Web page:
At 14 years old, Shannon was suddenly faced with tremendous peer pressure to start using drugs. When she was introduced to heroin by a boyfriend, she found herself spiralling downhill, and fast.
“I was in and out of youth treatment centres, but didn’t consider myself to have a problem. Every time I left detox, I was convinced I could use drugs again,” she recalls. “My denial always brought me back to where I started.”
When Shannon learned she was pregnant, she knew her pattern had to change. She was admitted to Fir Square, a BC Women’s Hospital maternity program that helps pregnant women and their babies recover from addictions. Initially, Shannon’s parents did not want her to keep the baby and encouraged her to give it up for adoption, which caused a rift between them.
Shannon kept the baby and moved into supportive housing provided by Aunt Leah’s Place, where she began to rebuild her life. Aunt Leah’s has a 25-year history of helping new moms who are at risk of losing their babies to the foster care system learn how to care for them and create a healthy environment for themselves and their children.
Shannon credits Aunt Leah’s as the organization that really helped her through her toughest moments.
“I never had a baby, I didn’t know what to do,” she says. “Being in a supervised and supportive environment, I felt like part of a community. Staff members were always there to answer any questions that cropped up. If it wasn’t for Aunt Leah’s, I probably wouldn’t have my daughter with me today.”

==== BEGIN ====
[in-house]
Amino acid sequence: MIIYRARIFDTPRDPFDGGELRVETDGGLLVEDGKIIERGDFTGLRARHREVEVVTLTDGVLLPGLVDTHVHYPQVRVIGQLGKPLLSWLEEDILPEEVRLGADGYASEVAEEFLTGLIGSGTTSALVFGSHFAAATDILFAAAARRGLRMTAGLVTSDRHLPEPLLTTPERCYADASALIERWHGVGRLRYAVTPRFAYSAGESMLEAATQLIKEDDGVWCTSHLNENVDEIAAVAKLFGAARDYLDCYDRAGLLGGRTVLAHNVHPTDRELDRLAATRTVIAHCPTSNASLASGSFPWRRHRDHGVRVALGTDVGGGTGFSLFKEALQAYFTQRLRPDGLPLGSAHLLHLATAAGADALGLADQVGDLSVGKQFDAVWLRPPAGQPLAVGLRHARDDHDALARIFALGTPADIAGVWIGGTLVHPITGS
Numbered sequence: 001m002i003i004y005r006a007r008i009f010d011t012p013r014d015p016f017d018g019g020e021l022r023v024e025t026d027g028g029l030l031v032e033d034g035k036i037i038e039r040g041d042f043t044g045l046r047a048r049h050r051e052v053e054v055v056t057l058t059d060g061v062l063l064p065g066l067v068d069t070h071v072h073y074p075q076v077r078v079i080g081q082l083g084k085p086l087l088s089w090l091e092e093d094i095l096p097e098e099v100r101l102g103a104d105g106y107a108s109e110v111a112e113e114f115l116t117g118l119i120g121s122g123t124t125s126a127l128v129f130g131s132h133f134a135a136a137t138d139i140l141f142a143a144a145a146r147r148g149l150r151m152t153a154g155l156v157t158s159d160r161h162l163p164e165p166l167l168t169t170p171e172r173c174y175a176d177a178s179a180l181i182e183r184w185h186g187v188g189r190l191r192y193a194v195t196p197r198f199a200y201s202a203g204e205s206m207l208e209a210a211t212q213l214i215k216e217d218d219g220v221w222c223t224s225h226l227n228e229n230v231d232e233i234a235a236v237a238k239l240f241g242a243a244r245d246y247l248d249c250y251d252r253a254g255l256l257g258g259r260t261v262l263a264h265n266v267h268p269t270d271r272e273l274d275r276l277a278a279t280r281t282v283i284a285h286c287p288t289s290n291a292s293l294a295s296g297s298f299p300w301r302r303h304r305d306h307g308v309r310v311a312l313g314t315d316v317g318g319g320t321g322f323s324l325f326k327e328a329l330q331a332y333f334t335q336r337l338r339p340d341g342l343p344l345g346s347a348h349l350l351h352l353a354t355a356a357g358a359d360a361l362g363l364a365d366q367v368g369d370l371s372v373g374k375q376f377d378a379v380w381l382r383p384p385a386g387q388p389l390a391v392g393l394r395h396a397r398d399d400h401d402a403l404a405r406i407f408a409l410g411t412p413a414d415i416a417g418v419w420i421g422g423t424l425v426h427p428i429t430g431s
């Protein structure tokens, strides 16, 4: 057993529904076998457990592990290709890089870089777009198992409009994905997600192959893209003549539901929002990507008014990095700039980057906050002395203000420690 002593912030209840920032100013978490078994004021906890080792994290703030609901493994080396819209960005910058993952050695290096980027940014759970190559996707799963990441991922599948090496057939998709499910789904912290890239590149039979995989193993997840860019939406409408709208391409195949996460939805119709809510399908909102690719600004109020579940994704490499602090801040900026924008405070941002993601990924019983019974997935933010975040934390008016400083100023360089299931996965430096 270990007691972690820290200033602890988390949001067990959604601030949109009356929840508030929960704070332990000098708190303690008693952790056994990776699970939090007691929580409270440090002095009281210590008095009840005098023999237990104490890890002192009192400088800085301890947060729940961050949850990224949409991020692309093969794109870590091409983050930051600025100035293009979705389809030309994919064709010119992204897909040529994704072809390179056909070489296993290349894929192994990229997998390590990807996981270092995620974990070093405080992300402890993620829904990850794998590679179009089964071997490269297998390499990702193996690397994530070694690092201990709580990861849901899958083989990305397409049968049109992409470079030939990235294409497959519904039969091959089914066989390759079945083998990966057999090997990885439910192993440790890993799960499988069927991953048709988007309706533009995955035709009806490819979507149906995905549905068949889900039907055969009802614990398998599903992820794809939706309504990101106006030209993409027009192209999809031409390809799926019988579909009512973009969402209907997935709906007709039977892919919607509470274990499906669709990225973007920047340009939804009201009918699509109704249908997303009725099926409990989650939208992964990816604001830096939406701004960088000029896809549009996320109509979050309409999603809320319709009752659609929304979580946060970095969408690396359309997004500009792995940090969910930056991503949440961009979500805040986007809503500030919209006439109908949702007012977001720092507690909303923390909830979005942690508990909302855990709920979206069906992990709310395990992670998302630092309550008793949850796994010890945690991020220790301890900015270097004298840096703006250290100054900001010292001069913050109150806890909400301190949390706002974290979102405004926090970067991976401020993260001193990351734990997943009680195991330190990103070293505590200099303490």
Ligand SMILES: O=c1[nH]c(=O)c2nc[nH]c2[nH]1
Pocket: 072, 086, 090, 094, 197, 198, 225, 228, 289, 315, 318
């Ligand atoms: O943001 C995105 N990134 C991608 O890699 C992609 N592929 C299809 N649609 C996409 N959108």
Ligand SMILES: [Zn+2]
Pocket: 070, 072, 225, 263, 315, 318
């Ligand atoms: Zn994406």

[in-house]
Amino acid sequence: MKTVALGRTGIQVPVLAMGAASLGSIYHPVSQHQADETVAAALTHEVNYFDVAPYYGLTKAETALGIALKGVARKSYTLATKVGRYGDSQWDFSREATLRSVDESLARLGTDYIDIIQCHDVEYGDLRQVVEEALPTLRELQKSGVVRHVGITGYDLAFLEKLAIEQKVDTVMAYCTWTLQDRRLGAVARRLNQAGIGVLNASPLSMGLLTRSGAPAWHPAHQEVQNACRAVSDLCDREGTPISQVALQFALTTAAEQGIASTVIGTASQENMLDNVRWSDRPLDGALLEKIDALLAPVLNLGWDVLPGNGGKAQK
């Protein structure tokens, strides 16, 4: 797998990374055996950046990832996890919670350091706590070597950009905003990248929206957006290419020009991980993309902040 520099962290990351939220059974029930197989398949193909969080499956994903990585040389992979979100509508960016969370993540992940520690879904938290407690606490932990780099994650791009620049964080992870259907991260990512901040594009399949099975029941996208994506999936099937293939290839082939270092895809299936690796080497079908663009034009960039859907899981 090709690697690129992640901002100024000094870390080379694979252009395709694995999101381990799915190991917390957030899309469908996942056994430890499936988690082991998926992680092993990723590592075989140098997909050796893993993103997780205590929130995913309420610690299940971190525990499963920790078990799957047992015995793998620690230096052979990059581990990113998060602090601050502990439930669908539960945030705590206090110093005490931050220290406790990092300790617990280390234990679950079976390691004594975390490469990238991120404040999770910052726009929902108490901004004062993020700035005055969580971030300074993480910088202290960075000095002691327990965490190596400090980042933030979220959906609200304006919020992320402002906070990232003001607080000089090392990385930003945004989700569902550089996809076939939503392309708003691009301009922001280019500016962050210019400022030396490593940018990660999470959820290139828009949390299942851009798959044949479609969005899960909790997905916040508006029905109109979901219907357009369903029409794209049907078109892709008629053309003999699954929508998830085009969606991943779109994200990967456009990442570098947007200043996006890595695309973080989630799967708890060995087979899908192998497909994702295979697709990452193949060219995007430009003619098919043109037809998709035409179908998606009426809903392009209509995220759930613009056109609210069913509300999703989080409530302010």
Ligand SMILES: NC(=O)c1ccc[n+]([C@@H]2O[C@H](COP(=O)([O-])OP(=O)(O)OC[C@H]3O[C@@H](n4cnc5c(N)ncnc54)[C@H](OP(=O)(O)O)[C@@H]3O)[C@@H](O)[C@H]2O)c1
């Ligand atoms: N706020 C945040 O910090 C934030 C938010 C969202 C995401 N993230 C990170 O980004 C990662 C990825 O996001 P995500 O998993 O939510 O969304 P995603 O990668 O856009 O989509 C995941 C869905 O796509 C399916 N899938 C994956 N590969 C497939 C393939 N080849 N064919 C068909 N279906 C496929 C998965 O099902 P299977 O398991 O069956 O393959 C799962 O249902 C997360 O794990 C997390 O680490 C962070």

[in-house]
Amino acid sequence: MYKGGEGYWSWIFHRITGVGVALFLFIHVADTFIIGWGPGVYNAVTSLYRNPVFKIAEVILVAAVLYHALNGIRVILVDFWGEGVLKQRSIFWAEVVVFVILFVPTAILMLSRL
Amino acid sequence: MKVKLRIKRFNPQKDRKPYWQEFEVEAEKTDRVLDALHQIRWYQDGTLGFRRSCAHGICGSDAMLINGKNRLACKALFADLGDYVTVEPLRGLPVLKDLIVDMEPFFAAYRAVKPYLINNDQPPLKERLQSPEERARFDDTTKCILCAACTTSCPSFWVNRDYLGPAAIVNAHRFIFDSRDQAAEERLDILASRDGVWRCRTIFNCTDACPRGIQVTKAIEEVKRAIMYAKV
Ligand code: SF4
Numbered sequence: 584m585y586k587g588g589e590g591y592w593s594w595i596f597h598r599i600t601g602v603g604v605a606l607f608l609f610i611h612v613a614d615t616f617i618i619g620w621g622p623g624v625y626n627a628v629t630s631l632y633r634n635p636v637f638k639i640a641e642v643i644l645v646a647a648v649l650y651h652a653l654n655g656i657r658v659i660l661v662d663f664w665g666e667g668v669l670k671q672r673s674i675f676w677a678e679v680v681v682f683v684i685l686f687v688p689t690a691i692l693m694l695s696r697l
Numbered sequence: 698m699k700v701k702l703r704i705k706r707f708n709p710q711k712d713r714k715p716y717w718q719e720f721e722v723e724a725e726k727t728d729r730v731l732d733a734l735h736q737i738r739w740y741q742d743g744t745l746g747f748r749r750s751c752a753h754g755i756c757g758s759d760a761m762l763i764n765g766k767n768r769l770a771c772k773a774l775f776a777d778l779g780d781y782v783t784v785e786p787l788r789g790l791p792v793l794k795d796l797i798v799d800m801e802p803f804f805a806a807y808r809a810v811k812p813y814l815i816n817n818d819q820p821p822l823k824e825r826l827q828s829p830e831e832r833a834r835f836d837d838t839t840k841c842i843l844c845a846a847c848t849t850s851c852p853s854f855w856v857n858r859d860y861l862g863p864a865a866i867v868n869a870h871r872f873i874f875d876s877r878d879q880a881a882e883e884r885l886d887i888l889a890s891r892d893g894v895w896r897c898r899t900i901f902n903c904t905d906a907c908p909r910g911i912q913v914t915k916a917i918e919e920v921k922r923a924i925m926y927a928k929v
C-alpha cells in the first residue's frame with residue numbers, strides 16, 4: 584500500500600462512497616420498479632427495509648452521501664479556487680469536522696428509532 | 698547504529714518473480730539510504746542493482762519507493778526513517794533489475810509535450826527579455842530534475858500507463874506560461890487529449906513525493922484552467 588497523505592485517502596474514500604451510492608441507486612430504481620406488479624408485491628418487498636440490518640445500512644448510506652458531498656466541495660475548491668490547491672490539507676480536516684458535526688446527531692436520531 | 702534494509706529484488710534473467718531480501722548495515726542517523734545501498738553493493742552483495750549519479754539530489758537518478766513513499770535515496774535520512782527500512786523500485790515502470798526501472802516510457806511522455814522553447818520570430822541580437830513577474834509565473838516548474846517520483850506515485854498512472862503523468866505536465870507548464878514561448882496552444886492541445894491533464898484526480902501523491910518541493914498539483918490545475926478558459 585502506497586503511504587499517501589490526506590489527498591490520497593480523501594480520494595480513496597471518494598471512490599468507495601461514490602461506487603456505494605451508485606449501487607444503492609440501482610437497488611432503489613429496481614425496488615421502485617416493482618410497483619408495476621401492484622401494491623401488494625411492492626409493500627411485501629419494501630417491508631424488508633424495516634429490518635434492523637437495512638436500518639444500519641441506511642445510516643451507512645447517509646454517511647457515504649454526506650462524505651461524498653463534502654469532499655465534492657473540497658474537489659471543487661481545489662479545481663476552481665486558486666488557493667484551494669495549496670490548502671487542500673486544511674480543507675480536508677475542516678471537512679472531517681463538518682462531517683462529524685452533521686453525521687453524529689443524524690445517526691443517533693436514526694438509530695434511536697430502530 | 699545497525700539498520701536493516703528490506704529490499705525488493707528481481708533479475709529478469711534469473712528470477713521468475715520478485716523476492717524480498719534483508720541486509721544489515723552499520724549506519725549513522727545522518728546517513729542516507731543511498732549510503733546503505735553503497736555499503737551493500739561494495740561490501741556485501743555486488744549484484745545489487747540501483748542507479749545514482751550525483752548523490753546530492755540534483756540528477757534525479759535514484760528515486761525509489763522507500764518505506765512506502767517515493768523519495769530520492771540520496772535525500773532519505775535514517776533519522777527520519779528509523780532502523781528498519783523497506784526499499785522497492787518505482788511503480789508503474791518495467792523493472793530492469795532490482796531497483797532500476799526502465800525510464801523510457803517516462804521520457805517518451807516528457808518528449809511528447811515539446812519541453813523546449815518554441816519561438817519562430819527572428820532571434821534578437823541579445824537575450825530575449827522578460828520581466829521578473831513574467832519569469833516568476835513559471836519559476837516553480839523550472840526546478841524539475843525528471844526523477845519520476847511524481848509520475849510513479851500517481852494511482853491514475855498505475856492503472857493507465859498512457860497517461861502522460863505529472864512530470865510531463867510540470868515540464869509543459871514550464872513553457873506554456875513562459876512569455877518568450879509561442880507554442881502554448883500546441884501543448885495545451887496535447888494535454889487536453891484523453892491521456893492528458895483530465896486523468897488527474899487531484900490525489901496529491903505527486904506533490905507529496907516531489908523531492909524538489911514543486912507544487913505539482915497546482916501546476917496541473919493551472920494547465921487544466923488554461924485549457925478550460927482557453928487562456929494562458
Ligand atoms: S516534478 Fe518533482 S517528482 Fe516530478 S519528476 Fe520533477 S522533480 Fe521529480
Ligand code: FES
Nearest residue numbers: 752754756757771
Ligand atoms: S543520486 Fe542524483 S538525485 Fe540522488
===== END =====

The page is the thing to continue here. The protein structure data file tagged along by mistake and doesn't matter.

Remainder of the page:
Living at Aunt Leah’s also provided a place for Shannon to build relationships with other moms who were going through similar circumstances. A combination of staying at Aunt Leah’s and visiting her parents on weekends offered an ideal and safe way for Shannon to reconnect with her parents.
After a lot of hard work and rebuilding of trust, today Shannon and her parents share a wonderful relationship. She now lives with her new boyfriend and they have two daughters. She keeps her life on track with lots of support from her family and by attending support groups. Whenever she returns to Aunt Leah’s to say hello, she is welcomed with open arms.
Thanks to Central City Foundation, now even more mothers can create safe and stable lives for themselves and their children. To enable Aunt Leah’s to expand its valuable programs, Central City has purchased a new building on 20th street in New Westminster.
The new property, one of Central City’s social purpose real estate projects, incorporates supportive housing, a retail training facility and thrift store that enables young people to finish school, train for new opportunities and build better futures.
For more information about Aunt Leah’s, visit www.auntleahs.org.